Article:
Asinine:

Watch this video of a CBS News report from 2015, discussing passengers that abuse the pet travel system. People use regular pets without special training, a special training and certification once limited to dogs for the blind. Reporters demonstrate “anything goes” and there were “no rules”, which puts passengers at unnecessary risk. By allowing pets in the cabin, airlines are opening themselves up to unnecessary liability. Numerous cases of pet attacks have caused crews to remove pets from the cabin or make emergency landings. It’s ridiculous that this continues in the name of trying to please unreasonable passengers that demand to be able to bring any pet they wish on a flight.

Passengers abuse rules to bring animals on planes. See the report:

Imagine you paid a small fortune for you and your baggage to go on a trip. You sit in the crammed seat, already uncomfortable. Suddenly, a dog comes out of nowhere and bites you. Is the dog owner responsible or is it the airline for letting it fly? If you think this is just a what-if situation, you’re wrong. The number of pets attacking crew and passengers has risen. It’s puzzling that these pet attacks don’t get the same level of outrage as the Kokito story. These cases were preventable.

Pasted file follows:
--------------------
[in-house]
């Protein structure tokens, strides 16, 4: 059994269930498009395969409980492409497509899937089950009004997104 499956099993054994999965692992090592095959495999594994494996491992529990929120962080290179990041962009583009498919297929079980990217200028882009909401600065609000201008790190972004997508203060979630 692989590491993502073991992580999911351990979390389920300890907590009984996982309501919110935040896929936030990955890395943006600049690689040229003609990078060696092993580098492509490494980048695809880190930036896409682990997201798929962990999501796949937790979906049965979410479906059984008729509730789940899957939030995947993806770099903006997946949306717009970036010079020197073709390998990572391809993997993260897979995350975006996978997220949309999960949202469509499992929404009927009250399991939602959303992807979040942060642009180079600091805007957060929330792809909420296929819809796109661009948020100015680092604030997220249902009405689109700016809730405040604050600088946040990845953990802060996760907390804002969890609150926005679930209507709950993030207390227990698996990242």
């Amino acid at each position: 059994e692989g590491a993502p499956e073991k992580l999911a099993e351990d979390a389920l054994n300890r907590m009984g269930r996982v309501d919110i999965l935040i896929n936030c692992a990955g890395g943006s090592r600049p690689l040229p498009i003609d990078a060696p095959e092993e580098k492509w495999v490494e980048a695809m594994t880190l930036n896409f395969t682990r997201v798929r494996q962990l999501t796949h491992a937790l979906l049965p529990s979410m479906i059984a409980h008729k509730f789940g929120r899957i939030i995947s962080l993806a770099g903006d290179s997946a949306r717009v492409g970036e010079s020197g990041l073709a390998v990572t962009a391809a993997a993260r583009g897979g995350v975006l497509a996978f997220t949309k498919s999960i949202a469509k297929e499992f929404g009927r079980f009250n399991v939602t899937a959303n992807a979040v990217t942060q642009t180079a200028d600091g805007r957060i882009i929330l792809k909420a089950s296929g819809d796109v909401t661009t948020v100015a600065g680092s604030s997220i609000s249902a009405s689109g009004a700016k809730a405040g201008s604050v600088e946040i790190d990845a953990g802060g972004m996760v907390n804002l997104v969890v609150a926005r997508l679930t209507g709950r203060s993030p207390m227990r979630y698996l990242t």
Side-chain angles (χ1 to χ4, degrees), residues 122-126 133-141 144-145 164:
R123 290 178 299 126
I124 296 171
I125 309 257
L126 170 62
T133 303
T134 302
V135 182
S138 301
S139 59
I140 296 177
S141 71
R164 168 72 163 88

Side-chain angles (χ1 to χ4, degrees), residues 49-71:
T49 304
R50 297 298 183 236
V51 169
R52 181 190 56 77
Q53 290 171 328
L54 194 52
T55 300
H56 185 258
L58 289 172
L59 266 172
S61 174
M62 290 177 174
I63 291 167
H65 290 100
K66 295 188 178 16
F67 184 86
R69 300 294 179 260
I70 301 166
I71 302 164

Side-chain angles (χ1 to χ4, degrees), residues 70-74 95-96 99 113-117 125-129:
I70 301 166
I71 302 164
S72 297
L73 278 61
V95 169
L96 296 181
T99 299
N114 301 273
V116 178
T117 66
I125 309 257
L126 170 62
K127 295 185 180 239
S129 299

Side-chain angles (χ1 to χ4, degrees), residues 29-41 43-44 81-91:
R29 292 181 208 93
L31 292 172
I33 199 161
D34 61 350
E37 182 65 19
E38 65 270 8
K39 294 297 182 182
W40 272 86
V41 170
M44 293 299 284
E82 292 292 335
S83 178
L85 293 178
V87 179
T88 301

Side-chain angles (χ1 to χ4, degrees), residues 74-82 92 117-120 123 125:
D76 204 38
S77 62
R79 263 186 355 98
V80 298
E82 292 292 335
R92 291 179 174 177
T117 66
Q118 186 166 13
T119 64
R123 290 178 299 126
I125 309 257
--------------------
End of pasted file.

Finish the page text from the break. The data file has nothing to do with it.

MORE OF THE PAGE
Dog bites passenger and flight attendant. See the report:

Dog mauls passenger on plane. See the report:

Pit bull attacks, hospitalizes passenger in Orlando. See the report:

Too many people are abusing the system that was initially there for official, trained service animals.

Watch this “fake service dog” behave. Would you want to sit next to it?

“Woman Lied About Having Emotional Illness So She Could Fly With Dog.” Watch the report:

Veteran with missing leg speaks out against “fake service dogs.” Watch this report:

“Some Pet Owners Game the Emotional Support Animal System to Fly Pets for Free.” Watch the report:

What kind of person buys a fake service dog vest just to take the pet into places otherwise prohibited? What a slap in the face to legitimate service animals.

This problem is only getting worse as more people bring pets onto airplanes.